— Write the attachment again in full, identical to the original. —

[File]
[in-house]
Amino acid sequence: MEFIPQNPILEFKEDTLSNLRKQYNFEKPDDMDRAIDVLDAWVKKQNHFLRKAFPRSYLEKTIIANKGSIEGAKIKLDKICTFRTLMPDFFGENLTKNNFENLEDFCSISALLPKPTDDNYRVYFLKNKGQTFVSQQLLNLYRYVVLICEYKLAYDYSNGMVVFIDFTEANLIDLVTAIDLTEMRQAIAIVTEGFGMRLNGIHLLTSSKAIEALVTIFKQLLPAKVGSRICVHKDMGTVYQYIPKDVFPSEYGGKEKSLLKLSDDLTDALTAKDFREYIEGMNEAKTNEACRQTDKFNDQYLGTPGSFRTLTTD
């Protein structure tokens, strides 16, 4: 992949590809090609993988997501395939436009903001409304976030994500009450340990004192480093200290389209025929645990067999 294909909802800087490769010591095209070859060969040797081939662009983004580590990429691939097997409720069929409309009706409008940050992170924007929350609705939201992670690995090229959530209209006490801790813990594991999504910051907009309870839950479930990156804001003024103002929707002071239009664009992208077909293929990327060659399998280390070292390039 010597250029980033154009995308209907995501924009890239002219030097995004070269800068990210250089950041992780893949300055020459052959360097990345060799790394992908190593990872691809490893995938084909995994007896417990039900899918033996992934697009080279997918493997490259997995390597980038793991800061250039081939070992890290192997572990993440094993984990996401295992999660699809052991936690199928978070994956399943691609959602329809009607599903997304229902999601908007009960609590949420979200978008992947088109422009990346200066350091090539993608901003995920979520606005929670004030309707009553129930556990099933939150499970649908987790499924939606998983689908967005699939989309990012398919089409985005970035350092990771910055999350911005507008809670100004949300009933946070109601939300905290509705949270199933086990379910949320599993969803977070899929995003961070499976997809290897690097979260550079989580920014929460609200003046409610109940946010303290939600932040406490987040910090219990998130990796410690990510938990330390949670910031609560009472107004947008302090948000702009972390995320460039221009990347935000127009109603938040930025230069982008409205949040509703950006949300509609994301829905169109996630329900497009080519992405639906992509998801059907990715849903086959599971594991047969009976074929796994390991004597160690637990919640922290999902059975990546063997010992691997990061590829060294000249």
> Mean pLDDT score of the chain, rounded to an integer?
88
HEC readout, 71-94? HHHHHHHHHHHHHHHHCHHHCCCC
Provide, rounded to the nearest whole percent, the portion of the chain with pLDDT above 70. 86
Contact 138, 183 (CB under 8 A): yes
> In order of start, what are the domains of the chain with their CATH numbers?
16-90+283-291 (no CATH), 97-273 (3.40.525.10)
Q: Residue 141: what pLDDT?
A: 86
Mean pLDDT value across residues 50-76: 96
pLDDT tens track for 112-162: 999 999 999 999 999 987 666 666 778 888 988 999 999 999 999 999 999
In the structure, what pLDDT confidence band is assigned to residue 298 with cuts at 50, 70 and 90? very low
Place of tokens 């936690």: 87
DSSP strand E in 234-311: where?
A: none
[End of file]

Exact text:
[in-house]
Amino acid sequence: MEFIPQNPILEFKEDTLSNLRKQYNFEKPDDMDRAIDVLDAWVKKQNHFLRKAFPRSYLEKTIIANKGSIEGAKIKLDKICTFRTLMPDFFGENLTKNNFENLEDFCSISALLPKPTDDNYRVYFLKNKGQTFVSQQLLNLYRYVVLICEYKLAYDYSNGMVVFIDFTEANLIDLVTAIDLTEMRQAIAIVTEGFGMRLNGIHLLTSSKAIEALVTIFKQLLPAKVGSRICVHKDMGTVYQYIPKDVFPSEYGGKEKSLLKLSDDLTDALTAKDFREYIEGMNEAKTNEACRQTDKFNDQYLGTPGSFRTLTTD
């Protein structure tokens, strides 16, 4: 992949590809090609993988997501395939436009903001409304976030994500009450340990004192480093200290389209025929645990067999 294909909802800087490769010591095209070859060969040797081939662009983004580590990429691939097997409720069929409309009706409008940050992170924007929350609705939201992670690995090229959530209209006490801790813990594991999504910051907009309870839950479930990156804001003024103002929707002071239009664009992208077909293929990327060659399998280390070292390039 010597250029980033154009995308209907995501924009890239002219030097995004070269800068990210250089950041992780893949300055020459052959360097990345060799790394992908190593990872691809490893995938084909995994007896417990039900899918033996992934697009080279997918493997490259997995390597980038793991800061250039081939070992890290192997572990993440094993984990996401295992999660699809052991936690199928978070994956399943691609959602329809009607599903997304229902999601908007009960609590949420979200978008992947088109422009990346200066350091090539993608901003995920979520606005929670004030309707009553129930556990099933939150499970649908987790499924939606998983689908967005699939989309990012398919089409985005970035350092990771910055999350911005507008809670100004949300009933946070109601939300905290509705949270199933086990379910949320599993969803977070899929995003961070499976997809290897690097979260550079989580920014929460609200003046409610109940946010303290939600932040406490987040910090219990998130990796410690990510938990330390949670910031609560009472107004947008302090948000702009972390995320460039221009990347935000127009109603938040930025230069982008409205949040509703950006949300509609994301829905169109996630329900497009080519992405639906992509998801059907990715849903086959599971594991047969009976074929796994390991004597160690637990919640922290999902059975990546063997010992691997990061590829060294000249």
> Mean pLDDT score of the chain, rounded to an integer?
88
HEC readout, 71-94? HHHHHHHHHHHHHHHHCHHHCCCC
Provide, rounded to the nearest whole percent, the portion of the chain with pLDDT above 70. 86
Contact 138, 183 (CB under 8 A): yes
> In order of start, what are the domains of the chain with their CATH numbers?
16-90+283-291 (no CATH), 97-273 (3.40.525.10)
Q: Residue 141: what pLDDT?
A: 86
Mean pLDDT value across residues 50-76: 96
pLDDT tens track for 112-162: 999 999 999 999 999 987 666 666 778 888 988 999 999 999 999 999 999
In the structure, what pLDDT confidence band is assigned to residue 298 with cuts at 50, 70 and 90? very low
Place of tokens 């936690």: 87
DSSP strand E in 234-311: where?
A: none